After an extensive refit at the Perini Navi shipyard, Andrew Johansson almost reaches 50 knots on board the Vripack-designed Magnum 60 Furia.
Just as supercars like the Lamborghini Aventador and Ferrari F40 were pin-ups for automotive buffs in the 1980s, Magnum Marine speedboats got pulses racing in the marine sphere. So when the opportunity arose for one owner to acquire a 2002-built Magnum 60 Furia – promoted as the “fastest yacht of this size in the world” by the Florida-based builder – it was too tempting to resist.
“We were in the market for a bigger boat,” the owner says. “I looked for something new but didn’t find anything that I was ready to go ahead with, which is why we restored this.” Named Hammer, the boat has now completed a year-long refit at Perini Navi. The thick fibreglass boat was gutted and restored but with a fresh new design, making this 18.3-metre a highly individual creation.
Moored in Cogolin marina, it will be used regularly as the owner spends four months of the year in nearby Saint-Tropez. It adds to his fleet of boats based in Europe and America, which includes 18.3-metre sailing boat Spectre and 25.5-metre classic Kizbel. Hammer is the second Magnum to have been revived by the owner, after a 13.4-metre 44 Banzai.
“As a kid, I always loved boats and thought I’d like to have a Magnum. I think the brand is great and the Magnum 60 is the most seaworthy boat in a big sea because of its hull shape: it is incredible. Only eight or nine Furia were made I think, and it was a boat I felt I could get my teeth into and redesign.”
And that is exactly what he did together with the creative minds at Vripack. The Dutch studio was introduced to the owner by an industry friend, who found the speedboat sitting unloved in Sardinia. “It was in a bad state when the owner bought it,” says Harry Esson, who manages the owner’s fleet of boats in Europe and is captain of Spectre. “There was some delamination in the hull, luckily all outer skin though. Suffice to say no money had been spent on it and a large section of the under hull had to be ground back and repaired.”
On our test day, the twin MTU 16V 2000 engines come alive as we pick up speed. In its heyday, this boat would have achieved 55-plus knots, however we manage 41 knots on the day from the 1,800hp (1,342kW) rated engines. That said, I’m told that Hammer has reached higher speeds since the restoration. While studies are under way to see how performance can be improved, including the possible replacement of the engines, a faster boat isn’t necessarily the aim. “The speed I achieved before we restored the boat was 53 knots and I think we’ve been 48 knots on it now but I wouldn’t travel more than the late 30s anyway,” the owner says.
“I achieved 49 knots once since the restoration,” says captain Pierre-Yves Hemard as we create a pleasing rooster tail, “but I don’t try any more because you can feel the strain it puts on the engines to get there. But as you can see, it is very easy to reach 40 knots.”
I can’t help but think about Miami Vice and the TV shows like it that made this type of boat famous. “It really is amazing compared to the other boats I’ve been on,” continues Hemard. “With Hammer you really don’t need to be too concerned about the wind or swell. If the owner wants me to go out with 25 knots of wind, I don’t mind because I know the boat can handle it.”
The new concept for the Magnum 60 is sympathetic to the original design but is far more pleasing to the eye, with distinctive detailing throughout – from lighting features within the engine bay and around the boat to elegant storage solutions, finishes and artwork. “We wanted to create an American style from the 1950s, a Palm Beach and Miami styling,” says the owner. “As we are sailors at heart, we wanted to have a light colour relationship with Spectre, which is a similar shade of off-white, and that was the general theme.”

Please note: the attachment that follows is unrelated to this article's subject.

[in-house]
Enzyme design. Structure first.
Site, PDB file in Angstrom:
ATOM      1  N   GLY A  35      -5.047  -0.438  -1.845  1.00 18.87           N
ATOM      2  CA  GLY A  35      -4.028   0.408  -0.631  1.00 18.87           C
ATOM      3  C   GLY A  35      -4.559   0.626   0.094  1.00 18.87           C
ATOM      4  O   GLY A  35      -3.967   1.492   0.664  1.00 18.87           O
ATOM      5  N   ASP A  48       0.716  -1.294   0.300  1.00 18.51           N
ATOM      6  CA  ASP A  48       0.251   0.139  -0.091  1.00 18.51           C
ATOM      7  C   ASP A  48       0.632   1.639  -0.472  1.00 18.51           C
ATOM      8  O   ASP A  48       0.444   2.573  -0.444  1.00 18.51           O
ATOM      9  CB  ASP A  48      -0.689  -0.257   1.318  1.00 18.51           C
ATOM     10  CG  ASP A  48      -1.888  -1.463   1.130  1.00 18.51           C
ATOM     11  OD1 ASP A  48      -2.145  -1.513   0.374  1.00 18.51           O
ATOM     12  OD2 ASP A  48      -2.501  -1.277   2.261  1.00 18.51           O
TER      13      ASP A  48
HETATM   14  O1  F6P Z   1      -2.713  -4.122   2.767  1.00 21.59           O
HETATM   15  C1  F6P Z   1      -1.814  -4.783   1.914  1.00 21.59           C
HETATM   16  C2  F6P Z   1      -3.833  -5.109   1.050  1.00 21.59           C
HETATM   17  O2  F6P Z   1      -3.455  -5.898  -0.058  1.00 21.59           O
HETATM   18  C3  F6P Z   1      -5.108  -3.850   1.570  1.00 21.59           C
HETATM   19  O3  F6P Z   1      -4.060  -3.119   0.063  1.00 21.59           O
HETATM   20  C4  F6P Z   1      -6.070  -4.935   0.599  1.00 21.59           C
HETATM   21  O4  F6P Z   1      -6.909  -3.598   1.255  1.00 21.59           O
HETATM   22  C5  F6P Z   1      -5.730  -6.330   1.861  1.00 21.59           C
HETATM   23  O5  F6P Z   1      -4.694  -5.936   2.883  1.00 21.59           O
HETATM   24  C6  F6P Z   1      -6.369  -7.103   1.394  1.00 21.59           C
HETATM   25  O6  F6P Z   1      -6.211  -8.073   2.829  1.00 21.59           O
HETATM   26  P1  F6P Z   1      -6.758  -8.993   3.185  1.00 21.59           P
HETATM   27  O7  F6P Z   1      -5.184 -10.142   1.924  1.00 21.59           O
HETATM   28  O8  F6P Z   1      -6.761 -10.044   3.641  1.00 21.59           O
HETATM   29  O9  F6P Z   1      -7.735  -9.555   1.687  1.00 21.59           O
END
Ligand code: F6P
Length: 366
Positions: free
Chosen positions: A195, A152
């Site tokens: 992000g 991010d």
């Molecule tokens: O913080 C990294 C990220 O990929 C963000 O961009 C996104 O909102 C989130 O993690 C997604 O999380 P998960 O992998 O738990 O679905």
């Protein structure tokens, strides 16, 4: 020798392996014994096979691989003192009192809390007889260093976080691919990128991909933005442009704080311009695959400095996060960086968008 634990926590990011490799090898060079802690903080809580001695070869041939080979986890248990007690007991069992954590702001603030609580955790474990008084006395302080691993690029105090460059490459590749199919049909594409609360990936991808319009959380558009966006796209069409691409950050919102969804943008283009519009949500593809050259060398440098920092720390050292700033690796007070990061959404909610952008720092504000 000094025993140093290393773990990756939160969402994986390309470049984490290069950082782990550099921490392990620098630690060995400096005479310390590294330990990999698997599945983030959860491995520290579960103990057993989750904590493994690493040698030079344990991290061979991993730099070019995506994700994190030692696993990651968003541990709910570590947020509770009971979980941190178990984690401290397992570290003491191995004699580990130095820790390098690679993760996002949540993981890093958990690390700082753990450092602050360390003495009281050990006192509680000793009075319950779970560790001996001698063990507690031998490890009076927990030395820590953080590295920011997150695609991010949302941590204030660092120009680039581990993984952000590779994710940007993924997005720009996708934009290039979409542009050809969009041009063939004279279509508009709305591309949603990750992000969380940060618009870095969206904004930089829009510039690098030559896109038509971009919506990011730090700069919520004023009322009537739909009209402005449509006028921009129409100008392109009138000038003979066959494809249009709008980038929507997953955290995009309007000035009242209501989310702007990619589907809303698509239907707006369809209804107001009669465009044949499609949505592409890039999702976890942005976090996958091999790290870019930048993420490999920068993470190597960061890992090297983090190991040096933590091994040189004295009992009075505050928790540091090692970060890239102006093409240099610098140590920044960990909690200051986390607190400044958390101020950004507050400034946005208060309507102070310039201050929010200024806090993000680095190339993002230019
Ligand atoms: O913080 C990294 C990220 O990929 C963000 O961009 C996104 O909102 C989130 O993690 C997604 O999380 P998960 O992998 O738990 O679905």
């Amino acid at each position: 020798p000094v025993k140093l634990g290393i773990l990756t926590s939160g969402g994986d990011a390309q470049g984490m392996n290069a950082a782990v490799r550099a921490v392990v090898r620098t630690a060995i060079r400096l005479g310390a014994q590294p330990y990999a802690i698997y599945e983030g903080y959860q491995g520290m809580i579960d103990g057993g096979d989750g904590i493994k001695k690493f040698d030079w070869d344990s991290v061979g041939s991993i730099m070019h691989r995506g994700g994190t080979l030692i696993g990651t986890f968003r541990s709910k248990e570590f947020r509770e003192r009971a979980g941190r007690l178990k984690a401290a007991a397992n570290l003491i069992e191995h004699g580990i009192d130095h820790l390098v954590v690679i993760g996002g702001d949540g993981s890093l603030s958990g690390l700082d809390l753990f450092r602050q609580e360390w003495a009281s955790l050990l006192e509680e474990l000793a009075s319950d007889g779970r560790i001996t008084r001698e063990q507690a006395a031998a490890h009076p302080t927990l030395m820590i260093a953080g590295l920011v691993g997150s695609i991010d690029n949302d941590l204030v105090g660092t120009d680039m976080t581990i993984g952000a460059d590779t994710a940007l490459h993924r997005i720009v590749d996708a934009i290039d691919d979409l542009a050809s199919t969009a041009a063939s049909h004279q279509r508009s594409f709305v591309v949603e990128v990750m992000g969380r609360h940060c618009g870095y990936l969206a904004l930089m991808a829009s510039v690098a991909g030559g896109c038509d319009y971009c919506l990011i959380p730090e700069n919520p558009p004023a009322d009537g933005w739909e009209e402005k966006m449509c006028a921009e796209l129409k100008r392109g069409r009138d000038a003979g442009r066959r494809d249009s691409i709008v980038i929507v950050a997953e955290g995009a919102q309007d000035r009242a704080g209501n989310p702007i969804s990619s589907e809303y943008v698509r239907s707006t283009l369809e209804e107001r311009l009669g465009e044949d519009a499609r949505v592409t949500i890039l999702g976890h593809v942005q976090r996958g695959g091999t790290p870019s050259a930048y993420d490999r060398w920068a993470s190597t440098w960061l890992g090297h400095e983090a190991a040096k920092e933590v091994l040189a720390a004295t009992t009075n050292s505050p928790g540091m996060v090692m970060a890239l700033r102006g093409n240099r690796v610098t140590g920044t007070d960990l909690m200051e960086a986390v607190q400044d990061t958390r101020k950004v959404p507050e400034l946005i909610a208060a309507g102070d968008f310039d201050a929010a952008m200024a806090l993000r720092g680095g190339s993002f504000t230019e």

Marnix Hoekstra, from Vripack, says that an important part of the design process was to get on board the boat before works began, “to get an idea of what worked and what didn’t, and to document the existing design”. The Dutchman reveals how they kept the general layout and set-up of the boat but improved it where possible, such as widening the companionway from the saloon amidships to the twin and double cabins forward. They also added a dayhead so guests don’t need to access private areas. “The fixtures and furnishings were all changed and I was keen to make it a sustainable interior by reusing a lot of the same wood from the boat and painting it matt white,” says Hoekstra. “Contrast is added with hand-whitewashed European oak. A lot of detail went into this project to achieve the look you see today.”
Thanks to this owner and team, this Magnum 60 Furia will live on for many years. And with a healthy fleet to play with, it seems likely there will be more projects to come.
Back to the drawing board
The Magnum 60 Furia was launched in 2001, designed by Magnum Marine’s CEO Katrin Theodoli. It is said to be the most successful of the Magnum models. The opportunity to breathe new life into a Furia was an exciting proposal for the designers at Vripack. So how does a design studio go about conceiving a new look for such an iconic speedboat?
“These are the boats you fall in love with when you start drawing; they’re the powerboats of my childhood,” explains Marnix Hoekstra of Vripack. “We started the process by collating images and details for inspiration, and as the ideas began to flow it quickly became obvious that we were on the same page as the owners about the vision for the project.” The result is a re-energised design that meets the owner’s brief with strong detailing and lighting design to cater for any time of day.
Images courtesy of Kospictures.